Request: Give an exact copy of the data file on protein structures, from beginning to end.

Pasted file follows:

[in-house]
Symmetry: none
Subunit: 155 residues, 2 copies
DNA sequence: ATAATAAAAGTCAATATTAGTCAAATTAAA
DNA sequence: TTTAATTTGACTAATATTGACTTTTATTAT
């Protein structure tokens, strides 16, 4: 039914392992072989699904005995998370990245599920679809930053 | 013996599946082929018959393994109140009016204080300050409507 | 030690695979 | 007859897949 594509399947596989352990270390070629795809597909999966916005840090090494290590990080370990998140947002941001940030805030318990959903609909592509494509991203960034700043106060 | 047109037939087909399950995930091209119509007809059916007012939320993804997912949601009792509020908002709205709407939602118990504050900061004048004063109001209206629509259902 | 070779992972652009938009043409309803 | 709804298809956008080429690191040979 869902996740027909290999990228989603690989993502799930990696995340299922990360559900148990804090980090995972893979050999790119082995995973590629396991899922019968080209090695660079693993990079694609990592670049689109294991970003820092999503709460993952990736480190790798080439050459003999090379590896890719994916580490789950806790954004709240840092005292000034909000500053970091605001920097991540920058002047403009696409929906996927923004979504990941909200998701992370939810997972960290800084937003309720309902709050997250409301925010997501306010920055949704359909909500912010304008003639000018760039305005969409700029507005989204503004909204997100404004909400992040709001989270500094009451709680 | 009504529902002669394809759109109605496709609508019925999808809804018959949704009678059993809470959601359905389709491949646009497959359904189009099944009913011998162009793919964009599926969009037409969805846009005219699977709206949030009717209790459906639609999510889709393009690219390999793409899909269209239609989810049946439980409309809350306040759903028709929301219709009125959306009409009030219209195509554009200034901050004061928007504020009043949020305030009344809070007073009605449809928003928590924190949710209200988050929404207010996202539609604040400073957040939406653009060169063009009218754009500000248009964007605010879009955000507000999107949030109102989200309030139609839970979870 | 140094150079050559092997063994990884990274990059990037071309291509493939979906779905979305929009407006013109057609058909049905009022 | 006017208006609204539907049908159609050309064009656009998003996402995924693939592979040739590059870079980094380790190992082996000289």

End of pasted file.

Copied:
[in-house]
Symmetry: none
Subunit: 155 residues, 2 copies
DNA sequence: ATAATAAAAGTCAATATTAGTCAAATTAAA
DNA sequence: TTTAATTTGACTAATATTGACTTTTATTAT
């Protein structure tokens, strides 16, 4: 039914392992072989699904005995998370990245599920679809930053 | 013996599946082929018959393994109140009016204080300050409507 | 030690695979 | 007859897949 594509399947596989352990270390070629795809597909999966916005840090090494290590990080370990998140947002941001940030805030318990959903609909592509494509991203960034700043106060 | 047109037939087909399950995930091209119509007809059916007012939320993804997912949601009792509020908002709205709407939602118990504050900061004048004063109001209206629509259902 | 070779992972652009938009043409309803 | 709804298809956008080429690191040979 869902996740027909290999990228989603690989993502799930990696995340299922990360559900148990804090980090995972893979050999790119082995995973590629396991899922019968080209090695660079693993990079694609990592670049689109294991970003820092999503709460993952990736480190790798080439050459003999090379590896890719994916580490789950806790954004709240840092005292000034909000500053970091605001920097991540920058002047403009696409929906996927923004979504990941909200998701992370939810997972960290800084937003309720309902709050997250409301925010997501306010920055949704359909909500912010304008003639000018760039305005969409700029507005989204503004909204997100404004909400992040709001989270500094009451709680 | 009504529902002669394809759109109605496709609508019925999808809804018959949704009678059993809470959601359905389709491949646009497959359904189009099944009913011998162009793919964009599926969009037409969805846009005219699977709206949030009717209790459906639609999510889709393009690219390999793409899909269209239609989810049946439980409309809350306040759903028709929301219709009125959306009409009030219209195509554009200034901050004061928007504020009043949020305030009344809070007073009605449809928003928590924190949710209200988050929404207010996202539609604040400073957040939406653009060169063009009218754009500000248009964007605010879009955000507000999107949030109102989200309030139609839970979870 | 140094150079050559092997063994990884990274990059990037071309291509493939979906779905979305929009407006013109057609058909049905009022 | 006017208006609204539907049908159609050309064009656009998003996402995924693939592979040739590059870079980094380790190992082996000289």